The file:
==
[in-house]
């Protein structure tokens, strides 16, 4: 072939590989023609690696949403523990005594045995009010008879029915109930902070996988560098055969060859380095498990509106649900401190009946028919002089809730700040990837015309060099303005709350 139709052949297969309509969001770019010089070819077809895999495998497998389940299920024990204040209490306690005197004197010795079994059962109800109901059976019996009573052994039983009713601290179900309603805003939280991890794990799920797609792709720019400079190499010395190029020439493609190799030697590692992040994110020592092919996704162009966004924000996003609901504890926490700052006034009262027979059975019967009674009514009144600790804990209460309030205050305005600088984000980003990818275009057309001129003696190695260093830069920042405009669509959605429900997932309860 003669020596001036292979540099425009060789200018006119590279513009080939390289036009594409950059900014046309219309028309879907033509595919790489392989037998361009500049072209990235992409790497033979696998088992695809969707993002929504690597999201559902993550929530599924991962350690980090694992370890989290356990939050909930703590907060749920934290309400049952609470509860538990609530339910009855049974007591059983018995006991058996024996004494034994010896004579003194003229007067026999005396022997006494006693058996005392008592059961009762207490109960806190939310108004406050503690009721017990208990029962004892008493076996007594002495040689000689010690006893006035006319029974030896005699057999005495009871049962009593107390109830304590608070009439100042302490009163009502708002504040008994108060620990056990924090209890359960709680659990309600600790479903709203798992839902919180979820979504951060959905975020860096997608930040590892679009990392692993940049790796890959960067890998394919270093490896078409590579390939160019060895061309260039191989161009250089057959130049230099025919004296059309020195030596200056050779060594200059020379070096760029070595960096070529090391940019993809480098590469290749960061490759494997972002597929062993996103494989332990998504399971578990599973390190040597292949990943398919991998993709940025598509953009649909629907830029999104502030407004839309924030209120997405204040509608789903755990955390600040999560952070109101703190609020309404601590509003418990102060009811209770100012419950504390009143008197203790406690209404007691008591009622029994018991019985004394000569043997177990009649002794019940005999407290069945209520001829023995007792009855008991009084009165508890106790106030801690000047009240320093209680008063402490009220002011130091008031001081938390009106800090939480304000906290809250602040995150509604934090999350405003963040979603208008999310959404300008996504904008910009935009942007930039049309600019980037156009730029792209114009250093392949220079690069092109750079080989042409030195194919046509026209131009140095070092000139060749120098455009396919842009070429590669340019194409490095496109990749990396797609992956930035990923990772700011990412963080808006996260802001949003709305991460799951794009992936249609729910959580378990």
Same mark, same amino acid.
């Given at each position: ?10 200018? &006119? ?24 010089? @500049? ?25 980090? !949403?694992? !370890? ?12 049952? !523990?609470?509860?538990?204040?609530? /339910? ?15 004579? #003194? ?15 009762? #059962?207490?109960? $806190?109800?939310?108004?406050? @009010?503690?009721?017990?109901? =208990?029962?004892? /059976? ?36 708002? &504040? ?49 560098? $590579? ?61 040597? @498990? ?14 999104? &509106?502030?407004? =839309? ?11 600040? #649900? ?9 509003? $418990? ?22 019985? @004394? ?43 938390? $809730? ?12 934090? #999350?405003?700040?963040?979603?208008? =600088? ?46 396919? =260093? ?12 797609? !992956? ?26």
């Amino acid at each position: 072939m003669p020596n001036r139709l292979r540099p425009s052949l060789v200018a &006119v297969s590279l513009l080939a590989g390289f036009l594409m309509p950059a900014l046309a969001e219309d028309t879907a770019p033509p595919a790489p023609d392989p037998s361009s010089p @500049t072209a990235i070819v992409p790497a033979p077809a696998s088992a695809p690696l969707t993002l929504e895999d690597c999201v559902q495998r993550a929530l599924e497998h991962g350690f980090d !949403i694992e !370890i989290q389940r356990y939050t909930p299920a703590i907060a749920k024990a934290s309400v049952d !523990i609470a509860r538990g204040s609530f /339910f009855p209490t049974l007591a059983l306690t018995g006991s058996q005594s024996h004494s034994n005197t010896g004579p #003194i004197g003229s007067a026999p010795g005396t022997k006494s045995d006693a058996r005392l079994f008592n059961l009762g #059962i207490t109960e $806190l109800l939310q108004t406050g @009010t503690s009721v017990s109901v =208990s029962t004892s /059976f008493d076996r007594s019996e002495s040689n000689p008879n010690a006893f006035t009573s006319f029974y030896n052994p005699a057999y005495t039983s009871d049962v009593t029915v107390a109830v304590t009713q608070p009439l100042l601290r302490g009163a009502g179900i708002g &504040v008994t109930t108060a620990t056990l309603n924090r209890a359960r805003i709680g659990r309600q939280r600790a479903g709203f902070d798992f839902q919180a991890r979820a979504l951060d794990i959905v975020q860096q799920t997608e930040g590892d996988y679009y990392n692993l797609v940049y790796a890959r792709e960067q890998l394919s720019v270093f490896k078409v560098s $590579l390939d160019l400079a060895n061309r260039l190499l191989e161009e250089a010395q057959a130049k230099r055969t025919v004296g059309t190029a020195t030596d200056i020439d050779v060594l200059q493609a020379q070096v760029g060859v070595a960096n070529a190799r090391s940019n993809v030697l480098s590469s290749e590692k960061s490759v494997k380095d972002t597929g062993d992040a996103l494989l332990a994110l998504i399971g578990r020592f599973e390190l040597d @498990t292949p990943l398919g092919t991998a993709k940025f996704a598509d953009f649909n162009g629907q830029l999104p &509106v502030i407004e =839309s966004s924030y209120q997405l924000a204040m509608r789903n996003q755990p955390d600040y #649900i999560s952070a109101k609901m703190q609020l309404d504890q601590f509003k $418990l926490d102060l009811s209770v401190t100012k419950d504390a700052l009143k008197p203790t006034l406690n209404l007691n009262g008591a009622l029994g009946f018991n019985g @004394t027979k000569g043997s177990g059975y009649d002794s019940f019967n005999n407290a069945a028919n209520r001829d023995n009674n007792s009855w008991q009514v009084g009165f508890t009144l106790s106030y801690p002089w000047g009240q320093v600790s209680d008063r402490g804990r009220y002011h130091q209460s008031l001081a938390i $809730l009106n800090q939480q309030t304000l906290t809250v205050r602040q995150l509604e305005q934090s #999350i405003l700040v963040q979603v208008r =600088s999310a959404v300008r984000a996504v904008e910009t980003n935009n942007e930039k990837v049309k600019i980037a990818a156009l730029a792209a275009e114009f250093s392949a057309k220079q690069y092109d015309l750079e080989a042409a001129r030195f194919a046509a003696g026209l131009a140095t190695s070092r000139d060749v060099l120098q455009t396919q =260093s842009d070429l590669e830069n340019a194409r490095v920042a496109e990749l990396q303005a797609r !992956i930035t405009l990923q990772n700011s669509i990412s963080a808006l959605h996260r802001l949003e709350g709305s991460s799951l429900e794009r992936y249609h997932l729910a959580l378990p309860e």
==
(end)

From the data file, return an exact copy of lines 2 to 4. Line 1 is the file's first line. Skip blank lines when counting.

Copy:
């Protein structure tokens, strides 16, 4: 072939590989023609690696949403523990005594045995009010008879029915109930902070996988560098055969060859380095498990509106649900401190009946028919002089809730700040990837015309060099303005709350 139709052949297969309509969001770019010089070819077809895999495998497998389940299920024990204040209490306690005197004197010795079994059962109800109901059976019996009573052994039983009713601290179900309603805003939280991890794990799920797609792709720019400079190499010395190029020439493609190799030697590692992040994110020592092919996704162009966004924000996003609901504890926490700052006034009262027979059975019967009674009514009144600790804990209460309030205050305005600088984000980003990818275009057309001129003696190695260093830069920042405009669509959605429900997932309860 003669020596001036292979540099425009060789200018006119590279513009080939390289036009594409950059900014046309219309028309879907033509595919790489392989037998361009500049072209990235992409790497033979696998088992695809969707993002929504690597999201559902993550929530599924991962350690980090694992370890989290356990939050909930703590907060749920934290309400049952609470509860538990609530339910009855049974007591059983018995006991058996024996004494034994010896004579003194003229007067026999005396022997006494006693058996005392008592059961009762207490109960806190939310108004406050503690009721017990208990029962004892008493076996007594002495040689000689010690006893006035006319029974030896005699057999005495009871049962009593107390109830304590608070009439100042302490009163009502708002504040008994108060620990056990924090209890359960709680659990309600600790479903709203798992839902919180979820979504951060959905975020860096997608930040590892679009990392692993940049790796890959960067890998394919270093490896078409590579390939160019060895061309260039191989161009250089057959130049230099025919004296059309020195030596200056050779060594200059020379070096760029070595960096070529090391940019993809480098590469290749960061490759494997972002597929062993996103494989332990998504399971578990599973390190040597292949990943398919991998993709940025598509953009649909629907830029999104502030407004839309924030209120997405204040509608789903755990955390600040999560952070109101703190609020309404601590509003418990102060009811209770100012419950504390009143008197203790406690209404007691008591009622029994018991019985004394000569043997177990009649002794019940005999407290069945209520001829023995007792009855008991009084009165508890106790106030801690000047009240320093209680008063402490009220002011130091008031001081938390009106800090939480304000906290809250602040995150509604934090999350405003963040979603208008999310959404300008996504904008910009935009942007930039049309600019980037156009730029792209114009250093392949220079690069092109750079080989042409030195194919046509026209131009140095070092000139060749120098455009396919842009070429590669340019194409490095496109990749990396797609992956930035990923990772700011990412963080808006996260802001949003709305991460799951794009992936249609729910959580378990």
Same mark, same amino acid.
């Given at each position: ?10 200018? &006119? ?24 010089? @500049? ?25 980090? !949403?694992? !370890? ?12 049952? !523990?609470?509860?538990?204040?609530? /339910? ?15 004579? #003194? ?15 009762? #059962?207490?109960? $806190?109800?939310?108004?406050? @009010?503690?009721?017990?109901? =208990?029962?004892? /059976? ?36 708002? &504040? ?49 560098? $590579? ?61 040597? @498990? ?14 999104? &509106?502030?407004? =839309? ?11 600040? #649900? ?9 509003? $418990? ?22 019985? @004394? ?43 938390? $809730? ?12 934090? #999350?405003?700040?963040?979603?208008? =600088? ?46 396919? =260093? ?12 797609? !992956? ?26």